OK, the writer asked, how about watering the houseplants?  What's wrong with a nice, little watering can for that purpose?  Well sure, Betty said, as long as you make certain you've allowed the chlorine in the water to evaporate.  Betty explained that chlorine is a salt and that she keeps around half a dozen gallon-size plastic milk jugs to collect the water that runs out our taps while we're bringing up hot water for washing or bathing.  We let the water stand in the garage overnight and that's the water - once it warms up - that we use to water our houseplants.  In the summer, we use water straight from our rain barrels.

"Then do you use a watering can?" the reporter asked, hopefully.

"No, the milk jugs work just fine," Betty replied. 

"How about watering your container gardens?"

Betty explained that for our exploding population of containers, we have a basement full of two- and three-gallon jugs that originally held cat litter.  Those, too, we fill from rain barrels.

The interview went on for a while longer, but the chances are extrememly slim that any of Betty's excellent gardening tips are going to make it into print.  Lifestyle magazines depend on ads, and advertisers want readers who are eager to drop $50 or $100 on a designer watering can.  Experts who suggest substituting cat-litter containers and milk jugs just aren't a desirable demographic.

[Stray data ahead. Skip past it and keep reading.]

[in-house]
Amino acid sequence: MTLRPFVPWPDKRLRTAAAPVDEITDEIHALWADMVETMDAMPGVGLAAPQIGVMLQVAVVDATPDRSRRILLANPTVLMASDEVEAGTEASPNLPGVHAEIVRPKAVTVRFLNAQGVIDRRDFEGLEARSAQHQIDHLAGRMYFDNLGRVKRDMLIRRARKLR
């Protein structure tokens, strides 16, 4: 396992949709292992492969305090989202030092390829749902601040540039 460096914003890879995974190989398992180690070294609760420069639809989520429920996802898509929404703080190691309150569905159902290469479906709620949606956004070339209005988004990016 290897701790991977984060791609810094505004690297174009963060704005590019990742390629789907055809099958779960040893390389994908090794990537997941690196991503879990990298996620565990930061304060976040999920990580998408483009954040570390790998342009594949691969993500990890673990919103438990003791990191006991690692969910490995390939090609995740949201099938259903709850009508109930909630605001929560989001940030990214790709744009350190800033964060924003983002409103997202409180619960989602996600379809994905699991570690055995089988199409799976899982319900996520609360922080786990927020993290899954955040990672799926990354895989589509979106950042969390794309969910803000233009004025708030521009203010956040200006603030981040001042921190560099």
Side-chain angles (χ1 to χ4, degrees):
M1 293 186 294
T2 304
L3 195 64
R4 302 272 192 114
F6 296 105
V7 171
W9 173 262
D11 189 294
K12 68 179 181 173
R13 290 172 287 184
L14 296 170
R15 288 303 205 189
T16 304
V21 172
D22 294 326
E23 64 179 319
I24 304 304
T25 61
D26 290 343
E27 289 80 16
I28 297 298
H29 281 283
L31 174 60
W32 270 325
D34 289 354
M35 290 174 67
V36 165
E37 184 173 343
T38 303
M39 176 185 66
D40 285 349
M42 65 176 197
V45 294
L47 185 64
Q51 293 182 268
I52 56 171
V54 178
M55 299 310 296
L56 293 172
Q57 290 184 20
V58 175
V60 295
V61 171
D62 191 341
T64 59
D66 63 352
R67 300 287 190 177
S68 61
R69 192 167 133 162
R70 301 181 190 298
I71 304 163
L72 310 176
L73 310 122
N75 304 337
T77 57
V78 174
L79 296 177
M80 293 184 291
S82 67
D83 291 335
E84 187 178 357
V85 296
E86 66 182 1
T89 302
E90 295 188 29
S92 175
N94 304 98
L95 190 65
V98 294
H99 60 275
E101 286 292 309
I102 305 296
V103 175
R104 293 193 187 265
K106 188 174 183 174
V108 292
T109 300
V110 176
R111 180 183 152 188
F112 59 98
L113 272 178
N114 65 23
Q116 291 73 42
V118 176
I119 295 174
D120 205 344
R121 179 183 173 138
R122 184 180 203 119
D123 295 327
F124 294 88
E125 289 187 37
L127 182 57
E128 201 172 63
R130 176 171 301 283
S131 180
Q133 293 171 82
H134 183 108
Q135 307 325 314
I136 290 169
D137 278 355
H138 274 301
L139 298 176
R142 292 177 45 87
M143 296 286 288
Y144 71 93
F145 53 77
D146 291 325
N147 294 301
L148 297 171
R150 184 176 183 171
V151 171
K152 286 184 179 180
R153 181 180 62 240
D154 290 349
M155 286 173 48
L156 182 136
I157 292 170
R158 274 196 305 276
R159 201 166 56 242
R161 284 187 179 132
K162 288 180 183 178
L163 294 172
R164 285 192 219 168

Which is why Betty's excellent blog ( will likely never carry ads.  But it's also why she is consistently one of the top-rated and most-in-demand speakers on the garden club circuit.  You win some, you lose some. 

The reporter is likely still reeling.

March 2, 2011

Flower Show Fever

I’m testing out this theory of mine that exhaling warm air on houseplants speeds up their bloom cycle. Scientists may pooh-pooh the idea, but I think I’m on solid ground here. Fact: plants thrive on carbon dioxide. Fact: they also want a little warmth this time of year. So, every time I walk past a plant in my house, I lean over and exhale.

Why am I doing this? Frankly, it’s because I have flower show fever. Last year, my wife took three plants into Blooms! at the Boston Flower & Garden Show and walked out with two blue ribbons for her efforts. My contribution to that enterprise amounted to lugging in gallon-size jugs of water once a week. This year, I have my eye on entries that will actually bear my name. They don’t all have to be blue ribbons. A red one will do.

The kalanchoe and bougainviellea are both blooming
beautifully.  Unfortunately, they're in the same pot.
There’s a kalanchoe that has bloomed an orange-red on the plant rack right outside my office. I figure all the hot air that comes out of my office (both from the computer and from telephone calls) is responsible for its unexpected and unseasonal display. That, plus Betty wouldn’t be caught dead taking credit for something orange.